This section is from "The Horticulturist, And Journal Of Rural Art And Rural Taste", by P. Barry, A. J. Downing, J. Jay Smith, Peter B. Mead, F. W. Woodward, Henry T. Williams. Also available from Amazon: Horticulturist and Journal of Rural Art and Rural Taste.
It is better to plant out in the fall than in spring. Fall-planted shrubs will often give many flowers the following summer, and make more vigorous growth than those planted in spring.
Clean the Ground of all weeds or rubbish this fall. A few weeds or a little bunch of grass serves as a nesting-place for mice, and before you are aware of it your trees are girdled. Besides, there is nothing like cleaning up in the fall, as it is comparatively a leisure time. In spring there is everything to do, and you can't stop. Clean up now, and all the ground for next year's cropping plow or dig, and leave loose for the winter's frosts to act upon.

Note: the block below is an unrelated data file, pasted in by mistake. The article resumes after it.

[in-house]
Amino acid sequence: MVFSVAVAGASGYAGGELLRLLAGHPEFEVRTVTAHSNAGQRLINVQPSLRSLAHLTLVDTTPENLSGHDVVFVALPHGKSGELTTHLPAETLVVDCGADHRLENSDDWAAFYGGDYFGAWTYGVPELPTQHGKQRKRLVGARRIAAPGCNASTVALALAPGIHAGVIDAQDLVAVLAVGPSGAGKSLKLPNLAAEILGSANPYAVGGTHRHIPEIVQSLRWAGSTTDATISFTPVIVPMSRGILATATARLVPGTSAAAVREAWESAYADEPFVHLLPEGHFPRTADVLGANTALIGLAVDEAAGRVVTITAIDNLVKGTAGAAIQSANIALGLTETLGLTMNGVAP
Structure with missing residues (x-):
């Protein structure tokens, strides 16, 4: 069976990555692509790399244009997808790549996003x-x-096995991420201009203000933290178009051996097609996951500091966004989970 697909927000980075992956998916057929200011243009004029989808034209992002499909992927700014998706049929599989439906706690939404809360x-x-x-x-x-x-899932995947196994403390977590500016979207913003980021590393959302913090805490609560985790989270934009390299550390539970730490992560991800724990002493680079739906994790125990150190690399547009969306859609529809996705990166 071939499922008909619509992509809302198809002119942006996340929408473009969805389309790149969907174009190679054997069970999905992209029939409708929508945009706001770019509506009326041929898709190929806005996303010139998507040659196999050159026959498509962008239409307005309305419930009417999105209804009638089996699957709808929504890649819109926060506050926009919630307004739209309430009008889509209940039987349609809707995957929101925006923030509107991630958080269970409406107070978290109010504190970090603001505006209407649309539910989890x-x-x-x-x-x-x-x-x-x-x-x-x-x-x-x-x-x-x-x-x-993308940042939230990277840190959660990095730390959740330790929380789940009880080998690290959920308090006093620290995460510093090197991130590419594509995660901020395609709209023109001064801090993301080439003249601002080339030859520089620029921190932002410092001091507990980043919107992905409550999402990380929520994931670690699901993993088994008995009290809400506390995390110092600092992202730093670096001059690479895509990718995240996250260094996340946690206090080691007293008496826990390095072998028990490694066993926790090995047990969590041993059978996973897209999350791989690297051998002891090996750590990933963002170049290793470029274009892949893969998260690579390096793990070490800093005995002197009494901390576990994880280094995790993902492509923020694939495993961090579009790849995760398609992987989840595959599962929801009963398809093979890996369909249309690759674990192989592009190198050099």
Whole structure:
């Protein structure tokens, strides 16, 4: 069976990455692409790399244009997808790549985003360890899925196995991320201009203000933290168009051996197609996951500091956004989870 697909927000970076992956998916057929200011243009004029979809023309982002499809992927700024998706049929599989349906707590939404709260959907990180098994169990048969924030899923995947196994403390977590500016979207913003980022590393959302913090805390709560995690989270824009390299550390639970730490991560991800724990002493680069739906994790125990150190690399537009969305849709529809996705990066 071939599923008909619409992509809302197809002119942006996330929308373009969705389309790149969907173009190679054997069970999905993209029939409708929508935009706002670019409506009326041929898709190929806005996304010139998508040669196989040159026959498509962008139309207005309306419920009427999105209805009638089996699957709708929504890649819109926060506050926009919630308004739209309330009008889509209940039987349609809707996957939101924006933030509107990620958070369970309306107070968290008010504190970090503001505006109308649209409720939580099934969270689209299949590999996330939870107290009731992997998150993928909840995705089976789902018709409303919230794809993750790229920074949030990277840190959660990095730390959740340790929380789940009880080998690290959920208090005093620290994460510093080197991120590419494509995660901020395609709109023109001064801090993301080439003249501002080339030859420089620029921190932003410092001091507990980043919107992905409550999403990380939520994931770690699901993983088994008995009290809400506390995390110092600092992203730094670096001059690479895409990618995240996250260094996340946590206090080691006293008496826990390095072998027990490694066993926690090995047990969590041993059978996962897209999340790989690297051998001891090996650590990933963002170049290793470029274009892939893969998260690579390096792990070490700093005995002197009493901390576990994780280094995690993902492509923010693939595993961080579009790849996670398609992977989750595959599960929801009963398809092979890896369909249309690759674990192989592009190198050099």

E. R. McKinney, of Lacon, 111., writes to inquire if the following list of ornamental plants is hardy:
Golden Yew, Chinese Cypress (Glyptostrobus, Sinenris), Weeping Birch, Weeping Sophora, Stuartia, Kolreuteria, Salisburia, Japan Hydrangea, Viburnum Plica turn, Magnolia conspicua, Magnolia gracilis, Magnolia cordata, Magnolia macrophylla, Magnolia glauca, Azaleas (uame three best), .Rhododendrons (name three best).
The letter was referred to S. B. Parsons, of Flushing, who responds with the information, that " the trees and shrubs named are all perfectly hardy, and are among the finest plants we know."
The three best Azaleas are Aurantiaca, Beaute de Flanders, and Honneur de la Belgique.